Setting the Right Goals

Set the Right Goals, Get Focused


Goal setting is good, but making it the right goal is great



Specific Goals

If you’ve spent any amount of time learning about goal setting, you have likely heard this before.

If a goal isn’t specific, how do you know if you reached it?

Non-specific goal: Cut back on snacking.

How do you know at the end of the day if you truly cut back on carbs?

Specific goal: No snacking after 7pm

With this goal, you know at the end of the day if you reached it or not. There is a clear line in the sand on what you said you would do.


Measurable Goals

Once you have a specific goal, you still need to be a measurable next to it. In our example above it doesn’t say how many days a work or how long you are going to not snack after 7pm.

Perhaps you want to make it a hard and fast rule and avoid all snacking every night after 7pm. If you feel like that is realistic for you (spoiler alert for the next point!) then go for it.

For most, it’s better to look at what they are doing now to determine what is realistic. If someone is struggling with evening snacking every night, it may be a challenge to set that goal to three nights a week. Still a great improvement from snacking every night. It’s strengthening their ability to say no nearly half the time.

Specific and measurable goal: No snacking after 7pm, 3 nights a week


Realistic Goals

Yes, I basically covered this but this section is the largest difference maker in if the goal will be reached or not.

You can write specific and measurable goals all day long but are they really a good fit for you right now?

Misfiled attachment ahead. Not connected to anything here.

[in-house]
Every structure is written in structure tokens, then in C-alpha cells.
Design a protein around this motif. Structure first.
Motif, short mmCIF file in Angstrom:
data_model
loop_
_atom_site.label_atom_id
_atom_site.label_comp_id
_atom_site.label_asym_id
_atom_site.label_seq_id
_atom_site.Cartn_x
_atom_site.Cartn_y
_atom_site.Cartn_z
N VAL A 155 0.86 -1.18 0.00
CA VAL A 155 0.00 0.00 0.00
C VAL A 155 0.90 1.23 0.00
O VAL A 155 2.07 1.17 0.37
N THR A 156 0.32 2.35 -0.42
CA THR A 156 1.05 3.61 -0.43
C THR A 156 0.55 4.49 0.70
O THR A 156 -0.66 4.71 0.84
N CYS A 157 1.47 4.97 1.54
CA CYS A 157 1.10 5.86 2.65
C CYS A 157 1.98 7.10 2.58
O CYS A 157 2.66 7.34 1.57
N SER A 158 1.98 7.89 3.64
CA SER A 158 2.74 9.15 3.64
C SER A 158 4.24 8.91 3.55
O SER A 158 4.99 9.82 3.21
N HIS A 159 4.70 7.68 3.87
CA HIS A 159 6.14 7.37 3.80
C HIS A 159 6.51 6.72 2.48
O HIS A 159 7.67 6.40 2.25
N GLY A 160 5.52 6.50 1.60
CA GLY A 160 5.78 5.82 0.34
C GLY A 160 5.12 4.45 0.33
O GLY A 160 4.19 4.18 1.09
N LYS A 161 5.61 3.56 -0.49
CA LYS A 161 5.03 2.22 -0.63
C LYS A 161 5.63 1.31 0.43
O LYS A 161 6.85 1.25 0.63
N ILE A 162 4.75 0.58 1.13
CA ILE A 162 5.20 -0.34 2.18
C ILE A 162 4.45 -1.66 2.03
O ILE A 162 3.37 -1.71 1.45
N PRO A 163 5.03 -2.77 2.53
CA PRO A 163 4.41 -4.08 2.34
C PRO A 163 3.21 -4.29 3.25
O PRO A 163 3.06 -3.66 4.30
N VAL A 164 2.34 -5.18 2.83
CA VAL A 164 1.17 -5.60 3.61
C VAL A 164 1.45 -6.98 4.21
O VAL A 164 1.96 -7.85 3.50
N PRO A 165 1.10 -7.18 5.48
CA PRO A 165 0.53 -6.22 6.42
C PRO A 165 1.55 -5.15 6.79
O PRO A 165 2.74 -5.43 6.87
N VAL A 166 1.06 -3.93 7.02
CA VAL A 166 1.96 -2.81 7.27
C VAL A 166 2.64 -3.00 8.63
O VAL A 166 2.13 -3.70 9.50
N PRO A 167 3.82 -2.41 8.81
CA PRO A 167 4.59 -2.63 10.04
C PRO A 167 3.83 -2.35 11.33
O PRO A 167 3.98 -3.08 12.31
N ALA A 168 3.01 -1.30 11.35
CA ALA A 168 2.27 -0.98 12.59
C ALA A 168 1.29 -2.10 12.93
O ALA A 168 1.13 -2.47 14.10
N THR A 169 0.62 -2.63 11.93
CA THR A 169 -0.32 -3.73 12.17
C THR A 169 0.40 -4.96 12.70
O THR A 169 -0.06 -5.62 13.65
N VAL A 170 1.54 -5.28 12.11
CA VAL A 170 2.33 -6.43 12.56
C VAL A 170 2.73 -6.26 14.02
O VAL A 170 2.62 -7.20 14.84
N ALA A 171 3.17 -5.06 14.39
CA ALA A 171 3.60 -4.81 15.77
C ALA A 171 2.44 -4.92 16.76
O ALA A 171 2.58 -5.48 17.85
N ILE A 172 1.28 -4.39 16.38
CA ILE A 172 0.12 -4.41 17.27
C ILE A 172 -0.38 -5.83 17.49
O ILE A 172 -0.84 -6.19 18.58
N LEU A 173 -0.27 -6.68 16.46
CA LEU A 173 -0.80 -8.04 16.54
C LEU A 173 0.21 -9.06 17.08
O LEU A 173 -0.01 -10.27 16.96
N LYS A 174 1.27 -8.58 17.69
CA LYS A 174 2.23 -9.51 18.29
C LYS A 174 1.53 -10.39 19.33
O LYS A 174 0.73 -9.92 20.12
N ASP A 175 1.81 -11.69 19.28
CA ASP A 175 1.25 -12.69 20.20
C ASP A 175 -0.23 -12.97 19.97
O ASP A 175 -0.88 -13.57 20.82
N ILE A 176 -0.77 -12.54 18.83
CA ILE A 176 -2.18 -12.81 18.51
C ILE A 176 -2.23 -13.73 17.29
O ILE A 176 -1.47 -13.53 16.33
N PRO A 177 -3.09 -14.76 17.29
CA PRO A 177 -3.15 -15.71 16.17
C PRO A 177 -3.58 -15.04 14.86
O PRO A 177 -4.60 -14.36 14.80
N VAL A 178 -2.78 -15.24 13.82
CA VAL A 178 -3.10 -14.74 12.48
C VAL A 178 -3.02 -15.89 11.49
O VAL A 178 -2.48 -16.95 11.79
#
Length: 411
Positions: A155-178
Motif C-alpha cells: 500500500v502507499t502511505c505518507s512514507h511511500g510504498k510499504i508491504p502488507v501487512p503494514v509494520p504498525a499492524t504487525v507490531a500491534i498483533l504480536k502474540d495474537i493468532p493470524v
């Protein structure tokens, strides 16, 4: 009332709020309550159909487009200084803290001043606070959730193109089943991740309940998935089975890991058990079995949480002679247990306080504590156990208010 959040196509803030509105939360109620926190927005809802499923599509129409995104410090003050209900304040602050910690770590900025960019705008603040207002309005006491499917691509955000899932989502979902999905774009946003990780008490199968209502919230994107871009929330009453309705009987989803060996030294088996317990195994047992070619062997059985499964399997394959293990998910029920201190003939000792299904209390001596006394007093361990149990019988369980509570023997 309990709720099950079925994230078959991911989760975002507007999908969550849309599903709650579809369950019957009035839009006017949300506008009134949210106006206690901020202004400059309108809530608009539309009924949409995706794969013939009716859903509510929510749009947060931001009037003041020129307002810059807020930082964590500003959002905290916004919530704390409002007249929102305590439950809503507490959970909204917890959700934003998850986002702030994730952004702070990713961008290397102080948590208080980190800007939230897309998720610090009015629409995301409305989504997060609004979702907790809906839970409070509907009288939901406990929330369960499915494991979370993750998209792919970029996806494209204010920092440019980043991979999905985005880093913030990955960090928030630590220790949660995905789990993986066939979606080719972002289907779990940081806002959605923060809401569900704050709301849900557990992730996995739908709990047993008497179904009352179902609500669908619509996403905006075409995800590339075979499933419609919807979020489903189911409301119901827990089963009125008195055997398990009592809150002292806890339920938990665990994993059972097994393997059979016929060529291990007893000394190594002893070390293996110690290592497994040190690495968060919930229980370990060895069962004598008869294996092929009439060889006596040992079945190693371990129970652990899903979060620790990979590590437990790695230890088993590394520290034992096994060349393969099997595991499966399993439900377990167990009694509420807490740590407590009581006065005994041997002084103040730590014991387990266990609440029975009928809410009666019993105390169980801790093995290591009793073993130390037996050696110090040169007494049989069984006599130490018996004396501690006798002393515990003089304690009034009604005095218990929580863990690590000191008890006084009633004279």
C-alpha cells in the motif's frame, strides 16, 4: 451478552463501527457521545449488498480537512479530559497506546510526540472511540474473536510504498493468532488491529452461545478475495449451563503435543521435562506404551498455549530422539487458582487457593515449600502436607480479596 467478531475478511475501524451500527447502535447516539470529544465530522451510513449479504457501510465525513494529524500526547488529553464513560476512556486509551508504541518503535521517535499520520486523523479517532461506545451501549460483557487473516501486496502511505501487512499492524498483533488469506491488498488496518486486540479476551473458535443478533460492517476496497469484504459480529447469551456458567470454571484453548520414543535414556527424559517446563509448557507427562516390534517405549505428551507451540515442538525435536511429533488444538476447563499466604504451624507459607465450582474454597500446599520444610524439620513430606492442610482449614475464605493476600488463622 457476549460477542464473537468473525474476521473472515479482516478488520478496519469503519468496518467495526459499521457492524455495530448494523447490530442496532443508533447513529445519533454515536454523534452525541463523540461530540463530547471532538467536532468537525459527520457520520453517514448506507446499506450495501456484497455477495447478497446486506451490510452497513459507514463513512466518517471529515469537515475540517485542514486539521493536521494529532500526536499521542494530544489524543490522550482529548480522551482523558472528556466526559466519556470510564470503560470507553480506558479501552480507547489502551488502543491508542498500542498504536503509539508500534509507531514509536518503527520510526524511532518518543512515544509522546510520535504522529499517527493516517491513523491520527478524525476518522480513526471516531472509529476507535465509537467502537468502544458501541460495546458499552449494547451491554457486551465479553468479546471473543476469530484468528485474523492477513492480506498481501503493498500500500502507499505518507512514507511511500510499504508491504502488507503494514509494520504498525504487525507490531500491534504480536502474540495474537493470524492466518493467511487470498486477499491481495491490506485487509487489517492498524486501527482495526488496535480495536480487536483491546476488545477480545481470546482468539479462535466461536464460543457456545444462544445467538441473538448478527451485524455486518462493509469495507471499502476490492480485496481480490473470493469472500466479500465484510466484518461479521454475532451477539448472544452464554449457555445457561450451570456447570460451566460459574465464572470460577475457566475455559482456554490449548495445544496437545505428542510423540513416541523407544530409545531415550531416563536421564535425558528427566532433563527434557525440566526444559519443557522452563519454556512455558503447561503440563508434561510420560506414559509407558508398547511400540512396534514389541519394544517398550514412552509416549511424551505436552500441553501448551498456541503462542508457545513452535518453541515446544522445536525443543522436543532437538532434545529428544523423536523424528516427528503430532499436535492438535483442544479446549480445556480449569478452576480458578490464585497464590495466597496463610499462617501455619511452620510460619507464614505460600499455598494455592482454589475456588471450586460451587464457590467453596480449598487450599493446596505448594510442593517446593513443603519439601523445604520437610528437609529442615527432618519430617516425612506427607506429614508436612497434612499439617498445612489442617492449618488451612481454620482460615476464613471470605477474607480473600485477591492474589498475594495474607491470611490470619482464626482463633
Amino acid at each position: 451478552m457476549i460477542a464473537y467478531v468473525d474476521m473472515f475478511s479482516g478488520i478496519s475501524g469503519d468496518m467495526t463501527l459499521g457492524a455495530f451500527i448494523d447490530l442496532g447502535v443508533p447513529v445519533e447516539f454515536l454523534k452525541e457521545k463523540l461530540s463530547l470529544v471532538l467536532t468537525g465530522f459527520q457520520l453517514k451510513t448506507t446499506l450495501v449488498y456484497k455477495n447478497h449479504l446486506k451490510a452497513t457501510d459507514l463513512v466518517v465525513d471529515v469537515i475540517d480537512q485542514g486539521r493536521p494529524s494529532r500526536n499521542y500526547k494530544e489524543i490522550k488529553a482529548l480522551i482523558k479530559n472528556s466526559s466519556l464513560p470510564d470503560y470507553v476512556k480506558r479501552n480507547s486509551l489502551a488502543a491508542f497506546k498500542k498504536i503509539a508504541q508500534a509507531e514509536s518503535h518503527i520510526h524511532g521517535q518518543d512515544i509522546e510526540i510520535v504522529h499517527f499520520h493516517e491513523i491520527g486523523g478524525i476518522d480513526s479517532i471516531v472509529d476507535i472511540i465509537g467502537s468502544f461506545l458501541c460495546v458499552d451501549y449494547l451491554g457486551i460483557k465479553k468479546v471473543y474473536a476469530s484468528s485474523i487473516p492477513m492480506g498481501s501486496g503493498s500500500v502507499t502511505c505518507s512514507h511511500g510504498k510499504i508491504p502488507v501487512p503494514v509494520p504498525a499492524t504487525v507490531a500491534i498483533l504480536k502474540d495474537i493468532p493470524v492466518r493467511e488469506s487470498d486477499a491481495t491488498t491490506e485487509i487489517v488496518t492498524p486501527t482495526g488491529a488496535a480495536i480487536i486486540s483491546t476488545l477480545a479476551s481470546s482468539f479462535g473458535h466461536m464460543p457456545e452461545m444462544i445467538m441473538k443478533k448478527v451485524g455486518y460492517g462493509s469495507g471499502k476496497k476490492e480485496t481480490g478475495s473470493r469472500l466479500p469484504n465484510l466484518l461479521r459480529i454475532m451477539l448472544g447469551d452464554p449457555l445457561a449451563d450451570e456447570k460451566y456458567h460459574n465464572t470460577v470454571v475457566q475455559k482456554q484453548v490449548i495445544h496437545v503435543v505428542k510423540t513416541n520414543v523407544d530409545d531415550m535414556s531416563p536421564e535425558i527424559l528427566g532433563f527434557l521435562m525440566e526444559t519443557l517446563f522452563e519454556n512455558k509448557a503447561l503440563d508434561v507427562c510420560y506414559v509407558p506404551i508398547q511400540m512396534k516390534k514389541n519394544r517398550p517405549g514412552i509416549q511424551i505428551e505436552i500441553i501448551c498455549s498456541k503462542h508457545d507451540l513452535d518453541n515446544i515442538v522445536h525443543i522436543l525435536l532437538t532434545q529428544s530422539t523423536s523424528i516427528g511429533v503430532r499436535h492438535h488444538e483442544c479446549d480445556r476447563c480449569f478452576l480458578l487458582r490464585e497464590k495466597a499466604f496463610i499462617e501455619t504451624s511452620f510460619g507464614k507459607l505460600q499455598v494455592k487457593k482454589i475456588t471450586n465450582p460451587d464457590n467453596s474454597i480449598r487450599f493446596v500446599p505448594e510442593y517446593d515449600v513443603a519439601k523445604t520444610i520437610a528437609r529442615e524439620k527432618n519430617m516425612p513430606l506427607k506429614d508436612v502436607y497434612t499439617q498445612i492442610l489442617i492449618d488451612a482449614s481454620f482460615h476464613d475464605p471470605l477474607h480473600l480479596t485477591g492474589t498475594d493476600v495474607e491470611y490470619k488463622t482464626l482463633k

Look at where you are today and set goals with the next step in mind…not with the end in mind. You build a house brick by brick and being where you “think you should be” isn’t truly helpful in laying out your bricks. Be honest with where you are today, what you have coming up in your schedule, and what you feel truly is the next brick. You can always add the next layer after the cement dries on the first one.

Speaking specifically of the Get Focused Challenges I run three times a year for members, I can say the difference in who finished the challenge is who set the right goal for the right time. I ask members to set goals with week FOUR in mind instead of just week one. Excitement does wonders for everyone in the first week, but as in all things the excitement fizzles.

It’s like running at a pace that’s really too fast for you. Will you finish that run if you started too fast? Maybe. What if you run at a pace that fits your body best? I don’t run much but that sounds like a more enjoyable experience to me!


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